It doesn't seem to have been properly evaluated, and from what I can tell it's primarily argued to be a study help and programmers.
The Pomodoro Technique for Sustainable Pace in Extreme Programming Teams has an analysis of it being used while doing XP (Extreme Programming). However the paywall is making it hard to access their analysis, but the slideshare from the authors make no mention of productivity, so I believe that it's purely been used as a way to structure work.
The inventor Francesco Cirillo has written The Pomodoro Technique (The Pomodoro) a fairly thick manual, but he's not citing any studies for his claims about productivity. It instead appears to be well reasoned manual with some anecdotes, but with little supporting evidence.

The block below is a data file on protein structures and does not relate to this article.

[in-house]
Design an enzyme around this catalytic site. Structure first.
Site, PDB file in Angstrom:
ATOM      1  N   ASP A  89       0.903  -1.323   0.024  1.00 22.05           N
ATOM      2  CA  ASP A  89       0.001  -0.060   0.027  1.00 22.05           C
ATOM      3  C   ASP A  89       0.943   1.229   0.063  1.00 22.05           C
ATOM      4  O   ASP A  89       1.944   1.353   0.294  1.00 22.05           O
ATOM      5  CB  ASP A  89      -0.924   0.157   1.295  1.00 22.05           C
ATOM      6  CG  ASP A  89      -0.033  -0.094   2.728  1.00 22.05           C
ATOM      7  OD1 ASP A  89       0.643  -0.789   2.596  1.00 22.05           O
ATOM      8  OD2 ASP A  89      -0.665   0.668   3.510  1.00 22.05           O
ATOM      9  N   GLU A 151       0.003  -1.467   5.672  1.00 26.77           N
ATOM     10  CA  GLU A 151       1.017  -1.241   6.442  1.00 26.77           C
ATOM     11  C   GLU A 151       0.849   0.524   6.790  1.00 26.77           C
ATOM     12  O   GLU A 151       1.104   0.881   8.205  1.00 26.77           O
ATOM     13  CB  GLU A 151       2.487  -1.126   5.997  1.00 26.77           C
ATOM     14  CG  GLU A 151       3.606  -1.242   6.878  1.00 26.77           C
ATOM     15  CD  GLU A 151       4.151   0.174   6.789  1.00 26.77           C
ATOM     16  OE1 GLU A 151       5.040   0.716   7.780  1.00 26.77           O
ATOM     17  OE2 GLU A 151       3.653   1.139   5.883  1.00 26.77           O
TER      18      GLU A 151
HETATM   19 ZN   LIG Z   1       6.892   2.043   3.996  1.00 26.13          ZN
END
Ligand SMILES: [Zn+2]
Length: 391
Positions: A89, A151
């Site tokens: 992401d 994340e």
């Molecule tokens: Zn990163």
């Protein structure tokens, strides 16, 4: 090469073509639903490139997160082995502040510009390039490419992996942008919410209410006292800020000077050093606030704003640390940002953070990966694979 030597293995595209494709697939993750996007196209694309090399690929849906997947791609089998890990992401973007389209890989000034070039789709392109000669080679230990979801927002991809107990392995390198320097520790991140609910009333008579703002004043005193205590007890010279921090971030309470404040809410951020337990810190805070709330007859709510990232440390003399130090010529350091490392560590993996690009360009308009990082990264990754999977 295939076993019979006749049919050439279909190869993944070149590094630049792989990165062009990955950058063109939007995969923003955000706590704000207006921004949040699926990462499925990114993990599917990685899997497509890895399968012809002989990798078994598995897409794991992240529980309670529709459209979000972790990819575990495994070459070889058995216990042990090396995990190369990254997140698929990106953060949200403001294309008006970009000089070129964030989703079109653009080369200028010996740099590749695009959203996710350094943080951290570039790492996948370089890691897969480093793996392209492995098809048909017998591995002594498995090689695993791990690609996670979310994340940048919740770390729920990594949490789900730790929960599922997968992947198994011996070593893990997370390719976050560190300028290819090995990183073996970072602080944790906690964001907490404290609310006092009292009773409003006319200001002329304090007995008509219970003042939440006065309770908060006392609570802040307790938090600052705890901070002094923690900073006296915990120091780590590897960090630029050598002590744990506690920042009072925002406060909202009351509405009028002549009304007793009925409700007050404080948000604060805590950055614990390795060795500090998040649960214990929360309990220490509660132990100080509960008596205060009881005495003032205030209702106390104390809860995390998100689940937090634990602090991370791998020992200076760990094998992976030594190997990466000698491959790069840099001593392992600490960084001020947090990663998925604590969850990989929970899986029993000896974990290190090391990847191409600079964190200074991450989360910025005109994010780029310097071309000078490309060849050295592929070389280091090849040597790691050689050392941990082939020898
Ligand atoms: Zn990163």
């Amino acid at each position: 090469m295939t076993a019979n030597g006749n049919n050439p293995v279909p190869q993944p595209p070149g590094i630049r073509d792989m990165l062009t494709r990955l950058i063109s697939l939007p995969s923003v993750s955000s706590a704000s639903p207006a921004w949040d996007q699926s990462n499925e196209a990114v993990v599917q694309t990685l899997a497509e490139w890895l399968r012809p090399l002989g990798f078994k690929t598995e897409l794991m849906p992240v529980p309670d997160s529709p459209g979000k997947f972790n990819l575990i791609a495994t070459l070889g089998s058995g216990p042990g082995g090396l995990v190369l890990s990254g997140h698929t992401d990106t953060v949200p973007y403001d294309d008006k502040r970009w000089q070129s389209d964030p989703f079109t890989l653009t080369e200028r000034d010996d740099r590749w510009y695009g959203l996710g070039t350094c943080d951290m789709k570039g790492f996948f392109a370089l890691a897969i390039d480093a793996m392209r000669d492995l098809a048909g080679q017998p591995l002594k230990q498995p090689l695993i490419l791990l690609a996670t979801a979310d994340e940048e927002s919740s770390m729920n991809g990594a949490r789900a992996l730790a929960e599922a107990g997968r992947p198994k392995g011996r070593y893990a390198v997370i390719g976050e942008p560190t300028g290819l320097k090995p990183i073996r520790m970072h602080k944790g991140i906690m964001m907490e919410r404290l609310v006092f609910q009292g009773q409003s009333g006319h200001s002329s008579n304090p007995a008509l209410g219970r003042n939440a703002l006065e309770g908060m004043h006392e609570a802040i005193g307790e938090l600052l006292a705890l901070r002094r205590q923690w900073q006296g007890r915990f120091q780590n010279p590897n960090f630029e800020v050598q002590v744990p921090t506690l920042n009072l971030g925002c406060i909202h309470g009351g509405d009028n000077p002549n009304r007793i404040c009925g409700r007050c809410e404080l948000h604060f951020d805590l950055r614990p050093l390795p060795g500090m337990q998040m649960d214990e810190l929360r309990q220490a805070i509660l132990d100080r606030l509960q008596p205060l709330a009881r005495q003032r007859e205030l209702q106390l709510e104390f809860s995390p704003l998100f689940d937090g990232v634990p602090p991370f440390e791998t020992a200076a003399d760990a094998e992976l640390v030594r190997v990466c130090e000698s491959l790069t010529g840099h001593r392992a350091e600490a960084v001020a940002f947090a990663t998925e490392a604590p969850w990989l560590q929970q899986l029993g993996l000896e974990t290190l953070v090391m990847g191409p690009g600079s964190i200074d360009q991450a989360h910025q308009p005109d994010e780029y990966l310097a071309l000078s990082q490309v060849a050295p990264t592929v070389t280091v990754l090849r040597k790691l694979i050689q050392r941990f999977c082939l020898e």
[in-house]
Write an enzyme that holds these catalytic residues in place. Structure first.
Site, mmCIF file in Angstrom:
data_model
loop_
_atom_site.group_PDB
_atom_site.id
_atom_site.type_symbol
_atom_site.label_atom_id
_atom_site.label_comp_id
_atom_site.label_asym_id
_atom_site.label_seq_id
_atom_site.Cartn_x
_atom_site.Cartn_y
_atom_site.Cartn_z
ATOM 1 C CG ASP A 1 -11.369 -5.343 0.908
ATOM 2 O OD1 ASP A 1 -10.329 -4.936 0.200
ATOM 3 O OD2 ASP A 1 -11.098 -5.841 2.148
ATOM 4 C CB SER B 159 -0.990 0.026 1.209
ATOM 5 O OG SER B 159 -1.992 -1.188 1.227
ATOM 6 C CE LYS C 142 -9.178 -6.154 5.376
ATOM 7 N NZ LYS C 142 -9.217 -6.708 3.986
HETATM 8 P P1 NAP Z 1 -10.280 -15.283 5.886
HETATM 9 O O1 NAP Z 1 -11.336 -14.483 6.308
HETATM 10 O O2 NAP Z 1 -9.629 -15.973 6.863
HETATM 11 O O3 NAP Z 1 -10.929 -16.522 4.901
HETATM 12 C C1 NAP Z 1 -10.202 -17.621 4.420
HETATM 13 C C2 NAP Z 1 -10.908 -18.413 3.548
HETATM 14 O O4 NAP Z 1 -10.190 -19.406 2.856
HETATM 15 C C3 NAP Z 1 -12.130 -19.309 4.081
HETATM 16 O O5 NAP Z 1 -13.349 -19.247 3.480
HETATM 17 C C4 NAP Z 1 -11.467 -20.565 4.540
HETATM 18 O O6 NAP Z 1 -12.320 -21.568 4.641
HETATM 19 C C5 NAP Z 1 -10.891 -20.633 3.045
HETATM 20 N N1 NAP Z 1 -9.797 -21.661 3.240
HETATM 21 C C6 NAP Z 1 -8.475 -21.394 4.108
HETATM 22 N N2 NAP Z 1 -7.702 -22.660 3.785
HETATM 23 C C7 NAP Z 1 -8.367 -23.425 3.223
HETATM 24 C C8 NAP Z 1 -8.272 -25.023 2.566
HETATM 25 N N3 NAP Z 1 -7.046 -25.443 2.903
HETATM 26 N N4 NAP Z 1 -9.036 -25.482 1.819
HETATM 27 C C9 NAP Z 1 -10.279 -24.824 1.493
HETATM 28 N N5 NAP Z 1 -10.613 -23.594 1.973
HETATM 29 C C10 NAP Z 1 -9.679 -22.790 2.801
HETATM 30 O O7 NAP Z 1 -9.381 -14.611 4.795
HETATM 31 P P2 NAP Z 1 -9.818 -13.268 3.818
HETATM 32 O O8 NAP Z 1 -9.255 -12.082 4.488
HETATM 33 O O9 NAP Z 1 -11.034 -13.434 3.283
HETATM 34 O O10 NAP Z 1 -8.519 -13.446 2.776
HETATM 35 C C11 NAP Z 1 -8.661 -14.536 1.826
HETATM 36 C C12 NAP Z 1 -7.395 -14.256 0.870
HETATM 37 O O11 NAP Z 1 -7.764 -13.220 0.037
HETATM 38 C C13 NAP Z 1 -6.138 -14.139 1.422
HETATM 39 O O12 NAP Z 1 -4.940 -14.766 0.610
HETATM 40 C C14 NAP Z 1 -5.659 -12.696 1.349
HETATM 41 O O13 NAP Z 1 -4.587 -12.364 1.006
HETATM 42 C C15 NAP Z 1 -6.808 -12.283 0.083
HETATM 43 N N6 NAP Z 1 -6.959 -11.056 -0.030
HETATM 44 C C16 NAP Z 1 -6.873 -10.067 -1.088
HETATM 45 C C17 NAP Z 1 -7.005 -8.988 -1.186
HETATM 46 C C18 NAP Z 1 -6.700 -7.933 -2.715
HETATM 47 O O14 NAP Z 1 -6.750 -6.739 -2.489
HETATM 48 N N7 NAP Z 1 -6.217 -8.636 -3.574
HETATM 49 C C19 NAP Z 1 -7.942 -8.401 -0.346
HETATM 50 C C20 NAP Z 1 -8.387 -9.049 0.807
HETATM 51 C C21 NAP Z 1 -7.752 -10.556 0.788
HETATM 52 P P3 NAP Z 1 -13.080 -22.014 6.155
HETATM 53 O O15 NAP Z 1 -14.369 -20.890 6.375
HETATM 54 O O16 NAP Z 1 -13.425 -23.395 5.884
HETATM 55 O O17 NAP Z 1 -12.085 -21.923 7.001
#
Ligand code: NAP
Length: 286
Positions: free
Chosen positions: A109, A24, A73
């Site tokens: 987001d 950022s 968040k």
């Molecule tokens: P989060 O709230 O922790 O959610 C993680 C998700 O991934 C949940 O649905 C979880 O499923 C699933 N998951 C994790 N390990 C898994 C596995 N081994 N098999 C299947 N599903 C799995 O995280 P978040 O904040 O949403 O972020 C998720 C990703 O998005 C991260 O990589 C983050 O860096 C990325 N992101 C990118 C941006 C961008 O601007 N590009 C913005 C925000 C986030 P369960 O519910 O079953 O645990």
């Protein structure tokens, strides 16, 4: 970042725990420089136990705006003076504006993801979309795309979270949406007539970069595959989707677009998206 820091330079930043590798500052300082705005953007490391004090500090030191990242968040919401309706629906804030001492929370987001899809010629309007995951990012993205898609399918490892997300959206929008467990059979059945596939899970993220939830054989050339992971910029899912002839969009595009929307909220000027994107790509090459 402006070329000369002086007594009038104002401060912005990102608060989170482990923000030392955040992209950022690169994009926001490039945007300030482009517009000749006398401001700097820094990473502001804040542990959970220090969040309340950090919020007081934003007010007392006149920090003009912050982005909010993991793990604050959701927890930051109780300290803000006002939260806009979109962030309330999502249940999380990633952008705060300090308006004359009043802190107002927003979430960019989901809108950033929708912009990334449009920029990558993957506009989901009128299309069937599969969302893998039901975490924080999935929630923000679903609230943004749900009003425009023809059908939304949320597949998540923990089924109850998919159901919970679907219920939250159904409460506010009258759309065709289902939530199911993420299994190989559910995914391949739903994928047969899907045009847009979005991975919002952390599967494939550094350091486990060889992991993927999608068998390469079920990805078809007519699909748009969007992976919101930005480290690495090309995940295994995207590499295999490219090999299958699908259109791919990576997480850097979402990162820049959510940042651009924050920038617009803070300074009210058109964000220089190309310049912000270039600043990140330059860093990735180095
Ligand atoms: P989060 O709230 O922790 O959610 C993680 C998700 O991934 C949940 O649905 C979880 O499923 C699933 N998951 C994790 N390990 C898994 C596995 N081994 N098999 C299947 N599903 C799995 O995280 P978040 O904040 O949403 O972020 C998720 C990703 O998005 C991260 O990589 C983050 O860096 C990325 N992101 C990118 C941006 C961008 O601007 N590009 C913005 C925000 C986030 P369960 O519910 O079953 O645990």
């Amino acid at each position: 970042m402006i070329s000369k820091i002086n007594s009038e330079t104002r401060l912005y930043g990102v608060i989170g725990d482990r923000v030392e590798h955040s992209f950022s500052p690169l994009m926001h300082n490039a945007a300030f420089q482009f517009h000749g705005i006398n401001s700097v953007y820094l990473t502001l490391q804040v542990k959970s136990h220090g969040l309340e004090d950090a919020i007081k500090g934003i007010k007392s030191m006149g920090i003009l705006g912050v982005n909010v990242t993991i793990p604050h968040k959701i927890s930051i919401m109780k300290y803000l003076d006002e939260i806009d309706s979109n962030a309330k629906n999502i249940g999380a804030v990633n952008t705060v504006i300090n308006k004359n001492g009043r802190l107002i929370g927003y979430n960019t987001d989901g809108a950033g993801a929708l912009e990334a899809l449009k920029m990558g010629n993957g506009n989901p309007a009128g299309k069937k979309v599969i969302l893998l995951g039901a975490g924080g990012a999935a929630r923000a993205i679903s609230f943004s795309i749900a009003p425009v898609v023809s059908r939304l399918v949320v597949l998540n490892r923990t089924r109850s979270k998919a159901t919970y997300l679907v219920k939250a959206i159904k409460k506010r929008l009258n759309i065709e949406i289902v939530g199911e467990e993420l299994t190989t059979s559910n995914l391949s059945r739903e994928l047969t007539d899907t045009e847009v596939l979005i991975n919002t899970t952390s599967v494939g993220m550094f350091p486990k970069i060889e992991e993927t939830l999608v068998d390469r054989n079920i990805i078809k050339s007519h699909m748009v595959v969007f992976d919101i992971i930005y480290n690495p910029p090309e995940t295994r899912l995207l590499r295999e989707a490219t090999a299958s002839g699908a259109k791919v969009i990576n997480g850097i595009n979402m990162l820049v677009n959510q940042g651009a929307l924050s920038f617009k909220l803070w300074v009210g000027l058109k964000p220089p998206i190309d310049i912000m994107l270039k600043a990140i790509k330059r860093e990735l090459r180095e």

I also think that when you ask a question about the pomodoro technique, it's important to also ask; "As opposed to what?". The pomodoro technique forces you to become organized and do timeboxing. It also introduces discipline into the work process by advocating that unit work are atomical, and that you have to finish it before you get to do a break. If you are completely disorganized, then just about anything reasonable should improve your productivity.
As a last resort I tried looking up research that shows organizing your work leads to productivity gains, but I can't find anything directly looking into structured work vs unstructured work in terms of productivity. Maybe for the same reasons we can't directly answer Is the use of parachutes supported by peer-reviewed papers?.